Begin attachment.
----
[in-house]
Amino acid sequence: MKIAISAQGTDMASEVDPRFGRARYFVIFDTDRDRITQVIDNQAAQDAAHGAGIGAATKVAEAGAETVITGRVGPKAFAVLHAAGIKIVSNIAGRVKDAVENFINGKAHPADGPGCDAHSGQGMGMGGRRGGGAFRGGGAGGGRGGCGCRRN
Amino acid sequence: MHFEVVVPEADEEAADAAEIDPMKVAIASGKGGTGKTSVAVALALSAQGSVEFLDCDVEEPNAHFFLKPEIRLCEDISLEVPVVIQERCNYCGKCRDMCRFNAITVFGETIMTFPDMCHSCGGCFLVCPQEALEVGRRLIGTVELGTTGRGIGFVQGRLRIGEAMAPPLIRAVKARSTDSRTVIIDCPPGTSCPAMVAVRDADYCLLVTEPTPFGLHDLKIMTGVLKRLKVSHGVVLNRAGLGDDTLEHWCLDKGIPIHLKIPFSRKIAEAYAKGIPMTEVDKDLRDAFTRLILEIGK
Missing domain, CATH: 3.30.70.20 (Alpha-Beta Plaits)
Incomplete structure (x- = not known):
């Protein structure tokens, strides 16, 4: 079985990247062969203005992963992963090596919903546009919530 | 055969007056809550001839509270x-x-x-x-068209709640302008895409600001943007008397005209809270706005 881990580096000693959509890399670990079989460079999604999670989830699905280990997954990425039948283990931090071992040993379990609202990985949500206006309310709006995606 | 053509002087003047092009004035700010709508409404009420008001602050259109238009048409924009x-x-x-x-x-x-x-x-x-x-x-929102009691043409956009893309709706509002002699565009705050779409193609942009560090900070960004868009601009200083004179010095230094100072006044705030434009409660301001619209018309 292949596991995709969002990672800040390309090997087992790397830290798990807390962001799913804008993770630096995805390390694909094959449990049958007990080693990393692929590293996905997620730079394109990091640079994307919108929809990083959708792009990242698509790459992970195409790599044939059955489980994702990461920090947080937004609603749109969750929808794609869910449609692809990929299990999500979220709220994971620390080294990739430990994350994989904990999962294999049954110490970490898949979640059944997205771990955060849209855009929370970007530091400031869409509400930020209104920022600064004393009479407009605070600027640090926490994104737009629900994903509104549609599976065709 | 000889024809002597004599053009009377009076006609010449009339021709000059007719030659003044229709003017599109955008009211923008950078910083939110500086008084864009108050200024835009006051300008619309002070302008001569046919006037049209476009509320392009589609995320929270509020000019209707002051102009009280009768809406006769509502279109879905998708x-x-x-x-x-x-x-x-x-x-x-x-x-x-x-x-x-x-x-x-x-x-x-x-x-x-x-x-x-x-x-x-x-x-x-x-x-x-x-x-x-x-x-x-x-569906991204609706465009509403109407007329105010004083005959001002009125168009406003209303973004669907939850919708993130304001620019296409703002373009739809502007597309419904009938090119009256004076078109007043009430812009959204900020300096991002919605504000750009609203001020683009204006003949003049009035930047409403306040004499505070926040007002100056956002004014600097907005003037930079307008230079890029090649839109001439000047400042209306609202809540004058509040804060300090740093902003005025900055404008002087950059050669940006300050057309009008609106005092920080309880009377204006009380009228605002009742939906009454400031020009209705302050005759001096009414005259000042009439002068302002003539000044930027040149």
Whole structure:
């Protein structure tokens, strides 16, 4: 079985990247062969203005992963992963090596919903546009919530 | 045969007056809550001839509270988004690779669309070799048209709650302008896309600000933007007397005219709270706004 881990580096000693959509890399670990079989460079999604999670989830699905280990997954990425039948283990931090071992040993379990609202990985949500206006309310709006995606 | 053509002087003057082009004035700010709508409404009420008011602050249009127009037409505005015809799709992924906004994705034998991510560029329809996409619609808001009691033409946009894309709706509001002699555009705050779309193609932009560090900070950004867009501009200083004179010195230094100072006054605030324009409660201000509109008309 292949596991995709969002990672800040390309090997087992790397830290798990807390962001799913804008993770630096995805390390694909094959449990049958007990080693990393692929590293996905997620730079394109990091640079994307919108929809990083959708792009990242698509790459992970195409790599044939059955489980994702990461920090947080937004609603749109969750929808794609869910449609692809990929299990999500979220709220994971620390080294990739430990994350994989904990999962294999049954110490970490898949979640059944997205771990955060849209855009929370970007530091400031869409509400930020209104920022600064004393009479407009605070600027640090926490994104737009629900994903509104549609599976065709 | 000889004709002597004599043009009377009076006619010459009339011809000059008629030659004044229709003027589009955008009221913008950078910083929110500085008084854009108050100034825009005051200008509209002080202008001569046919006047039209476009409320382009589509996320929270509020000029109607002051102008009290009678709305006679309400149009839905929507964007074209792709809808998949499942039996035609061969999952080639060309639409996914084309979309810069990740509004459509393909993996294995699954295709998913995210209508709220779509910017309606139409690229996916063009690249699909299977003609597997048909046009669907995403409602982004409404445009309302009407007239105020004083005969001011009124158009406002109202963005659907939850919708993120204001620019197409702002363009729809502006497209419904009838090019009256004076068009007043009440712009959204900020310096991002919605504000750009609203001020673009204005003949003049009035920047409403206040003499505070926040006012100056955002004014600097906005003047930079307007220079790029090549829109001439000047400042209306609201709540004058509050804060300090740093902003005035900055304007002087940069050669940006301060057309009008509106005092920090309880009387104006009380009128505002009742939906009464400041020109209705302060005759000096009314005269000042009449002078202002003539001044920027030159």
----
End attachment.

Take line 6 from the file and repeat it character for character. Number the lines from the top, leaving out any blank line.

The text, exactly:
């Protein structure tokens, strides 16, 4: 079985990247062969203005992963992963090596919903546009919530 | 055969007056809550001839509270x-x-x-x-068209709640302008895409600001943007008397005209809270706005 881990580096000693959509890399670990079989460079999604999670989830699905280990997954990425039948283990931090071992040993379990609202990985949500206006309310709006995606 | 053509002087003047092009004035700010709508409404009420008001602050259109238009048409924009x-x-x-x-x-x-x-x-x-x-x-929102009691043409956009893309709706509002002699565009705050779409193609942009560090900070960004868009601009200083004179010095230094100072006044705030434009409660301001619209018309 292949596991995709969002990672800040390309090997087992790397830290798990807390962001799913804008993770630096995805390390694909094959449990049958007990080693990393692929590293996905997620730079394109990091640079994307919108929809990083959708792009990242698509790459992970195409790599044939059955489980994702990461920090947080937004609603749109969750929808794609869910449609692809990929299990999500979220709220994971620390080294990739430990994350994989904990999962294999049954110490970490898949979640059944997205771990955060849209855009929370970007530091400031869409509400930020209104920022600064004393009479407009605070600027640090926490994104737009629900994903509104549609599976065709 | 000889024809002597004599053009009377009076006609010449009339021709000059007719030659003044229709003017599109955008009211923008950078910083939110500086008084864009108050200024835009006051300008619309002070302008001569046919006037049209476009509320392009589609995320929270509020000019209707002051102009009280009768809406006769509502279109879905998708x-x-x-x-x-x-x-x-x-x-x-x-x-x-x-x-x-x-x-x-x-x-x-x-x-x-x-x-x-x-x-x-x-x-x-x-x-x-x-x-x-x-x-x-x-569906991204609706465009509403109407007329105010004083005959001002009125168009406003209303973004669907939850919708993130304001620019296409703002373009739809502007597309419904009938090119009256004076078109007043009430812009959204900020300096991002919605504000750009609203001020683009204006003949003049009035930047409403306040004499505070926040007002100056956002004014600097907005003037930079307008230079890029090649839109001439000047400042209306609202809540004058509040804060300090740093902003005025900055404008002087950059050669940006300050057309009008609106005092920080309880009377204006009380009228605002009742939906009454400031020009209705302050005759001096009414005259000042009439002068302002003539000044930027040149």